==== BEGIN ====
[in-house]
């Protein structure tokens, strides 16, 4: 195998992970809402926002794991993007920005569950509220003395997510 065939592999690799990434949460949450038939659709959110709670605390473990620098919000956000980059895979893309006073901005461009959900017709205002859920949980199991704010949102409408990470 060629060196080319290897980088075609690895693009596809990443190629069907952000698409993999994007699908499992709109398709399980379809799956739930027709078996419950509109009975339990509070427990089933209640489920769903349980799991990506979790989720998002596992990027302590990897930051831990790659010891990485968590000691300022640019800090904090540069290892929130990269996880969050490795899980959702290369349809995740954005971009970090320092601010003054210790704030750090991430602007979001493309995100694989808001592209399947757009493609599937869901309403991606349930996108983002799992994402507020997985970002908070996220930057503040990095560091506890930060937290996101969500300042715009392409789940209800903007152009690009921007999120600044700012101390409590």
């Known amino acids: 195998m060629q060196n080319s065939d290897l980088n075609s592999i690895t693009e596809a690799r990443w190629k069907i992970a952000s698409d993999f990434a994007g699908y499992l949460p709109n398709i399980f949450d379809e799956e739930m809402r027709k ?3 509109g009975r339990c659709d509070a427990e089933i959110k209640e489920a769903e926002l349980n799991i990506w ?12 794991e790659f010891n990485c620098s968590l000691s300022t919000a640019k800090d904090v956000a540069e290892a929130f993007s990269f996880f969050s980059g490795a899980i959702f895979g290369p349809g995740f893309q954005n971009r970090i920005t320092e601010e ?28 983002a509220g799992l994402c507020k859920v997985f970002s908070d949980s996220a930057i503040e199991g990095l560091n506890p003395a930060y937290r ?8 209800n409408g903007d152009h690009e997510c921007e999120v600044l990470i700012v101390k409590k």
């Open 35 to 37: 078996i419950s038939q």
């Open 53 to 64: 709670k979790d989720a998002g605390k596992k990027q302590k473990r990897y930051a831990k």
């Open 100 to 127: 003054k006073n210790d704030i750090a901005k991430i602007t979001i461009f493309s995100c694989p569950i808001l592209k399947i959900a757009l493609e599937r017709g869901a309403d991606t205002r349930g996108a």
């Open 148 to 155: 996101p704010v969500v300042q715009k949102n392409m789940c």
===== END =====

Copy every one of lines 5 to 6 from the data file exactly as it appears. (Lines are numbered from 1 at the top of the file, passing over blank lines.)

């Open 53 to 64: 709670k979790d989720a998002g605390k596992k990027q302590k473990r990897y930051a831990k």
């Open 100 to 127: 003054k006073n210790d704030i750090a901005k991430i602007t979001i461009f493309s995100c694989p569950i808001l592209k399947i959900a757009l493609e599937r017709g869901a309403d991606t205002r349930g996108a």